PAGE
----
Among the others, freestanding statues of Gods, heroes, athletes were often produced. They’re not portraits of particular individuals, but images of certain ideals of the Greek society – beauty, courage etc. Even their facial expressions were depersonalized, as masters give them enigmatic “archaic smile”. Preserving this tendency towards idealism, Classical art overcame ossification of archaic sculpture. The Athenian Poliklet in his bronze sculpture “Dorifores” established the antique canon of perfect human’s boy proportions that greatly effected art of Greece and Rome. He also gave the first model of contraposto – special pose of a figure in sculpture, standing with most of its weight on one foot. That mode imparts a statue feeling of liberation and dynamic. Such sculptors as Lyssipos, Myron, Praxiteles and Phidias managed to achieve naturalness and harmony in their creations. The calm dignity of classical characters was soon replaced by filled with expressionism Hellenistic art. The outstanding master of transitional period was Skopas, who inspired his successors Agesander and Lyssistratus. Sculptors of that time prefer dramatic mythological episodes, with high emotional tension, shown through S-shaped lines, contrast of light and shadows. Hellenism distinguishing trait was giant-mania: it’s enough to mention one of the Seven Wonders of the Ancient World – 32-meters high statue of Colossus of Rhodes.
We know some Greek sculptures in marble ancient roman replicas. But in fact, many of them were originally made in bronze, as its color was closer to bodily.

Vase painting

The oldest pottery demonstrates predominance of Geometrical style. Its brightest examples are the Dipylon vases – big vases, up to 1,5 meters, sometimes used as tomb-monuments. Their distinctive features were the sharp outlining of structural elements and monochrome coloring –pale yellow glaze ground with black or brown ornamented stripe only on their neck and shoulders. The most widespread pattern is so-called meander. It has become fundamental for the whole Greek art from that epoch onwards.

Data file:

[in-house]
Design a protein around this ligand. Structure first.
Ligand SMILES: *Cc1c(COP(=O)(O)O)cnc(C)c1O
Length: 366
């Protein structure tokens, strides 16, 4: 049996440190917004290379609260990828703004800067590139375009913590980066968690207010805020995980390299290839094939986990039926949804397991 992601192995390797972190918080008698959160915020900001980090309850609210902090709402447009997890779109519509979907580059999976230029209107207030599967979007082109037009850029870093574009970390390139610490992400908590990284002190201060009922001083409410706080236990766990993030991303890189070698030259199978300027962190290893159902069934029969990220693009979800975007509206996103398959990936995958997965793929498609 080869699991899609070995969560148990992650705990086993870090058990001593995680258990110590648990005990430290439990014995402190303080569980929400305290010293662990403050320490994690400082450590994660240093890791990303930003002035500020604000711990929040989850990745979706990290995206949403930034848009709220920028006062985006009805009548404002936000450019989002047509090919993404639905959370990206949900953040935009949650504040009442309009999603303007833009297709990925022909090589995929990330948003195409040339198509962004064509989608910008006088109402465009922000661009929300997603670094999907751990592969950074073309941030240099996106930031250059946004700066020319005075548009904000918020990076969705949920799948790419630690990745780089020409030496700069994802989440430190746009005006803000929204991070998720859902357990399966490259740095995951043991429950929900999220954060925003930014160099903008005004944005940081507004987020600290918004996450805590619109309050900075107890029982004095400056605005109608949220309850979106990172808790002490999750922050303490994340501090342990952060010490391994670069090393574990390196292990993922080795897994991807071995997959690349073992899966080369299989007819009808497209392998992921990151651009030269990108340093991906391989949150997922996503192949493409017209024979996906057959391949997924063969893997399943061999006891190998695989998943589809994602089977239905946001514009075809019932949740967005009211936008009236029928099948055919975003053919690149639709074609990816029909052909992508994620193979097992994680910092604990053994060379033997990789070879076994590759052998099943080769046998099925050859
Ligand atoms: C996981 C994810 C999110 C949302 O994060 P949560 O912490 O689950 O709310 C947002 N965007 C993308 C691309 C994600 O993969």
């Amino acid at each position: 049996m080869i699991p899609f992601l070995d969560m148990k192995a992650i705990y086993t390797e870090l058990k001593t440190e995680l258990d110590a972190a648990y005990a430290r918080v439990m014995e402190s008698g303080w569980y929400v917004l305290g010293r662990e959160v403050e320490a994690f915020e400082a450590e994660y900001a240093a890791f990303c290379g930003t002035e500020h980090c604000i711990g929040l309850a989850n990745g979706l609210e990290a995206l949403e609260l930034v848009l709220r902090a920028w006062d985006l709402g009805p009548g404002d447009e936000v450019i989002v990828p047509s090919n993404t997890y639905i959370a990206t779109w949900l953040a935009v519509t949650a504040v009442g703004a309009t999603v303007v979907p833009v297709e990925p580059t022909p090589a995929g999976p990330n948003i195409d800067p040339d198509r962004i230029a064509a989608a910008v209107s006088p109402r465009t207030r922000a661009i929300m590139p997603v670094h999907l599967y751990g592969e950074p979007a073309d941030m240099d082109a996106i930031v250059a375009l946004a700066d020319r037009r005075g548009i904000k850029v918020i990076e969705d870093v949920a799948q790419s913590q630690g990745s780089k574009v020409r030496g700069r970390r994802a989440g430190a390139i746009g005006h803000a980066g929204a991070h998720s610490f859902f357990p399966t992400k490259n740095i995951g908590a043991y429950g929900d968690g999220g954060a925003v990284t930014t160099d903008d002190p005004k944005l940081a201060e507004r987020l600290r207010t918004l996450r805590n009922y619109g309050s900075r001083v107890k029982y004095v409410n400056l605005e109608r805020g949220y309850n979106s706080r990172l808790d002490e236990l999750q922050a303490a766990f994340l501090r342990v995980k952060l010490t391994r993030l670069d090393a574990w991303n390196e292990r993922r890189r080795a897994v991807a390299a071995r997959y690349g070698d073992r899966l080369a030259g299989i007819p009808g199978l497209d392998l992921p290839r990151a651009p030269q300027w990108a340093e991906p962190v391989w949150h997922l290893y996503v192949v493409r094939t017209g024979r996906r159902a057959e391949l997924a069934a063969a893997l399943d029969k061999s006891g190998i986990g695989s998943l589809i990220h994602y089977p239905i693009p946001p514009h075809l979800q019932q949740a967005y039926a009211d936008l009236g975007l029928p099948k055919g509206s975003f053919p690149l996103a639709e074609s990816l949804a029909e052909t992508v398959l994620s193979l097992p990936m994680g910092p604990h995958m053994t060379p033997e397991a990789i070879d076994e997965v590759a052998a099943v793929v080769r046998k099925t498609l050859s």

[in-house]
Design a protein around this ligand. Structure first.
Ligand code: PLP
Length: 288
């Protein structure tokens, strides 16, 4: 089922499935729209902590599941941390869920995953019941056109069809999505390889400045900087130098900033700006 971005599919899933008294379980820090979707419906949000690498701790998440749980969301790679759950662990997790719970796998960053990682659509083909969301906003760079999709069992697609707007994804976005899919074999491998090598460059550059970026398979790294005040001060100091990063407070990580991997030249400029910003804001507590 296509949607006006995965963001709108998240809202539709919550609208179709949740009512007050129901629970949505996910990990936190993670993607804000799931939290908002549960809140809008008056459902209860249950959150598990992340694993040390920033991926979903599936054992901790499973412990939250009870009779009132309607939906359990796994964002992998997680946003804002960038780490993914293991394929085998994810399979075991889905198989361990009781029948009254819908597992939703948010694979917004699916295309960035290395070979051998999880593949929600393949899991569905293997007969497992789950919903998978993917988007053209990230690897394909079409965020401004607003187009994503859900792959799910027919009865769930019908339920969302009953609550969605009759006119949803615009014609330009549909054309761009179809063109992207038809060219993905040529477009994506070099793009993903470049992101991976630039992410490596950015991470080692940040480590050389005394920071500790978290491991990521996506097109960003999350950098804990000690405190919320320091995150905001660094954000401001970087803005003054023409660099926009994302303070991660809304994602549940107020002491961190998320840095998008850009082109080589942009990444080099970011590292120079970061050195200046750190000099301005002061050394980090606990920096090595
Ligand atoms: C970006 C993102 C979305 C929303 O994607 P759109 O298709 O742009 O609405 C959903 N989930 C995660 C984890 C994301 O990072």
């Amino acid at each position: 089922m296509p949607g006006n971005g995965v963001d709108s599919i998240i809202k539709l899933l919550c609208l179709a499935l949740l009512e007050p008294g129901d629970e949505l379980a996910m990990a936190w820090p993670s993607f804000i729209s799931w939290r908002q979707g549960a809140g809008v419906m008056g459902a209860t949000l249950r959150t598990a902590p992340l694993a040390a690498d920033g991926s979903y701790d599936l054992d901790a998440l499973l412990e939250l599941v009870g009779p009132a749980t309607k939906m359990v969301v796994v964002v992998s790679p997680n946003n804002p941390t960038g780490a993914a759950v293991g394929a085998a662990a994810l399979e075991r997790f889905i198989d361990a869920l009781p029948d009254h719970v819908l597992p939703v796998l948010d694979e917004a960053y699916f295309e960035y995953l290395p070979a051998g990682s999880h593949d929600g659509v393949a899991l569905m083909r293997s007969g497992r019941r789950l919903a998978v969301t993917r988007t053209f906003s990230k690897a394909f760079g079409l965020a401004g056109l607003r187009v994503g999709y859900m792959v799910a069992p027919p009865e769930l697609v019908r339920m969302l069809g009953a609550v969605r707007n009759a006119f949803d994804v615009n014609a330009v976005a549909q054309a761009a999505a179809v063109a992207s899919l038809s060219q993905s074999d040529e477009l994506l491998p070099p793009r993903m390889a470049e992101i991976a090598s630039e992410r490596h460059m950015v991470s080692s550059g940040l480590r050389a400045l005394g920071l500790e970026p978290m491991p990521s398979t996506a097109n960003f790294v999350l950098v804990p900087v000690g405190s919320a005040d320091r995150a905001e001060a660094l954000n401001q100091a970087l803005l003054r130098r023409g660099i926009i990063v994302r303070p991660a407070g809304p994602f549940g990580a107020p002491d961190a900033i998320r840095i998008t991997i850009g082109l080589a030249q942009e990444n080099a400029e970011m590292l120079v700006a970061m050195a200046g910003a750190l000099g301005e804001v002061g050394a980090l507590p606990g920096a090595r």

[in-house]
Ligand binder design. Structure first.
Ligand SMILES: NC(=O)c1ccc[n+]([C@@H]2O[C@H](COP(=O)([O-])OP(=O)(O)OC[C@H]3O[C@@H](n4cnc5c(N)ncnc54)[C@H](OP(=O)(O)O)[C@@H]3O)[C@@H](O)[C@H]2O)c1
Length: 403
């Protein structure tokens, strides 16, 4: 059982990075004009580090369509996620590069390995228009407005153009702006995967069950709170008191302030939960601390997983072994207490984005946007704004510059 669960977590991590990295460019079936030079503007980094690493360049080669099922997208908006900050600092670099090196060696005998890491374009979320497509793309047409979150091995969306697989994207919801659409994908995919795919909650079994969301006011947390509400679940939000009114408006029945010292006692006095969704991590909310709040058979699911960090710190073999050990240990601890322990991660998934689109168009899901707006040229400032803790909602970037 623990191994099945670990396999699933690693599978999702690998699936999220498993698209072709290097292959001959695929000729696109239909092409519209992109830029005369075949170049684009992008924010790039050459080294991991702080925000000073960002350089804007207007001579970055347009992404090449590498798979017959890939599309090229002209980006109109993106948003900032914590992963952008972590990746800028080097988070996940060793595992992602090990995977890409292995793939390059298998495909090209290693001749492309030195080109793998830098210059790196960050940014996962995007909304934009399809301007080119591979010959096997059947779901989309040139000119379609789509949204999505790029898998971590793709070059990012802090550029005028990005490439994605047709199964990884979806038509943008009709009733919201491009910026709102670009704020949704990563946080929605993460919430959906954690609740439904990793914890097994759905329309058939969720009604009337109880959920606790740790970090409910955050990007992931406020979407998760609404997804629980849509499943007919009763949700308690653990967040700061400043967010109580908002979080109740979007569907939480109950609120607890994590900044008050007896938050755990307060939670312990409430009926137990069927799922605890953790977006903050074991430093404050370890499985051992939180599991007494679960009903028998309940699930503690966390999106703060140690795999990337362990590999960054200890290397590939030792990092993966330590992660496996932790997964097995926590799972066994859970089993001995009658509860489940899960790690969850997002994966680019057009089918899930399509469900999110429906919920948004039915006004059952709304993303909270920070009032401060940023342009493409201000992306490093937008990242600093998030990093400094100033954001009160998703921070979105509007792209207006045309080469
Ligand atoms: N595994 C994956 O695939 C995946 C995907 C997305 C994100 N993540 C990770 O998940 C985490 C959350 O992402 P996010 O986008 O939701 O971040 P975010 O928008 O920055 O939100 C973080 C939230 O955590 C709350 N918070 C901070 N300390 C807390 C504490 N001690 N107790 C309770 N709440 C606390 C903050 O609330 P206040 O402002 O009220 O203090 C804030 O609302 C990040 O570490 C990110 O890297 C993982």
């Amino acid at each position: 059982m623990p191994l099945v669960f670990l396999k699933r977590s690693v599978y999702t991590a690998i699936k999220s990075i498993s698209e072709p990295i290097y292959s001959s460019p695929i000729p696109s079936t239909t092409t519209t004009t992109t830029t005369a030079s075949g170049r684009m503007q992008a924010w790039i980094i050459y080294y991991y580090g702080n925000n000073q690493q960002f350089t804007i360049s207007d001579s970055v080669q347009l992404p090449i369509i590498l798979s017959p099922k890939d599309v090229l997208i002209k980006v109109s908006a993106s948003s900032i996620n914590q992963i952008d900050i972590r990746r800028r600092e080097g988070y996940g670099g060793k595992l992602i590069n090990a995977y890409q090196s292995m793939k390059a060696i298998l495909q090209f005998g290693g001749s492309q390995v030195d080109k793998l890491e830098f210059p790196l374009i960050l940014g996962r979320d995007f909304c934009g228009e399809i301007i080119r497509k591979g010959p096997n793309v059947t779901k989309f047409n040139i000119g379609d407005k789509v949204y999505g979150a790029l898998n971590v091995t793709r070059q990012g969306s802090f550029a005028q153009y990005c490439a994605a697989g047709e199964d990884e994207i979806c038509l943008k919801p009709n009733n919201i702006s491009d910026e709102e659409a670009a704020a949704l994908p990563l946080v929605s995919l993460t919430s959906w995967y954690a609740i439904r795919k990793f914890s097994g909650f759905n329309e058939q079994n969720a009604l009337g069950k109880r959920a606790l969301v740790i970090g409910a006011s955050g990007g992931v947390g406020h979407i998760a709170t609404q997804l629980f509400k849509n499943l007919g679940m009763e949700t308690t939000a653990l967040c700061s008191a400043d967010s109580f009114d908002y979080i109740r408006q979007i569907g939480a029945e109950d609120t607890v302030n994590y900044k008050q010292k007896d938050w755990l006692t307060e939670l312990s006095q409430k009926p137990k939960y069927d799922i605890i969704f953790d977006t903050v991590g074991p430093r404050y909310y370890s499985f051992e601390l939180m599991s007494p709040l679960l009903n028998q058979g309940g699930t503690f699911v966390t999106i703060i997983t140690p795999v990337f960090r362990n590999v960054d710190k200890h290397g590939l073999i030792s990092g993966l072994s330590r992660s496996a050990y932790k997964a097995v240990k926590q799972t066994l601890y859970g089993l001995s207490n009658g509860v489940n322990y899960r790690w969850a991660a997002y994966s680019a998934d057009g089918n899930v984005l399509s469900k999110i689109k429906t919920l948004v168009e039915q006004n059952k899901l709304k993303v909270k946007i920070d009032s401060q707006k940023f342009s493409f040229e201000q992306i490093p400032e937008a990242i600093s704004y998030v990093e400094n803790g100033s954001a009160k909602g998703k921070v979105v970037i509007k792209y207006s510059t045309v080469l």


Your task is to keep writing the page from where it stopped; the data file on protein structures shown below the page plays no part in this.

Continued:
In VII cent. B.C. geometric style was superseded by oriental. It has traces of the eastern art’s influence, with its love to floral ornaments and images of fantastic animals. Just in a century, a black-figure technique took its place: now images were incised on a ceramic surface through a glossy slip that turned black during firing. Exekias was a renowned master of black-figure pottery, notable for an exquisite sense of composition and drawing. In his works, a leitmotif of Greek art – accentuation on plasticity of human physique – became obvious

The principle of three-phase firing was elaborated in the red-figure ceramic (red images on the black glossy background) around 530 B.C. As the depictions could be drawn, not incised, this technique allowed getting more realistic and detailed results. That made it most popular, especially in the Classical period.

Ancient Greek art was anthropocentric: the distance between Olympian gods and mortals was blurred. The human’s body was perceived as a unique expression of Cosmic harmony and all kinds of art (from architecture to pottery) were meant to incarnate this concept.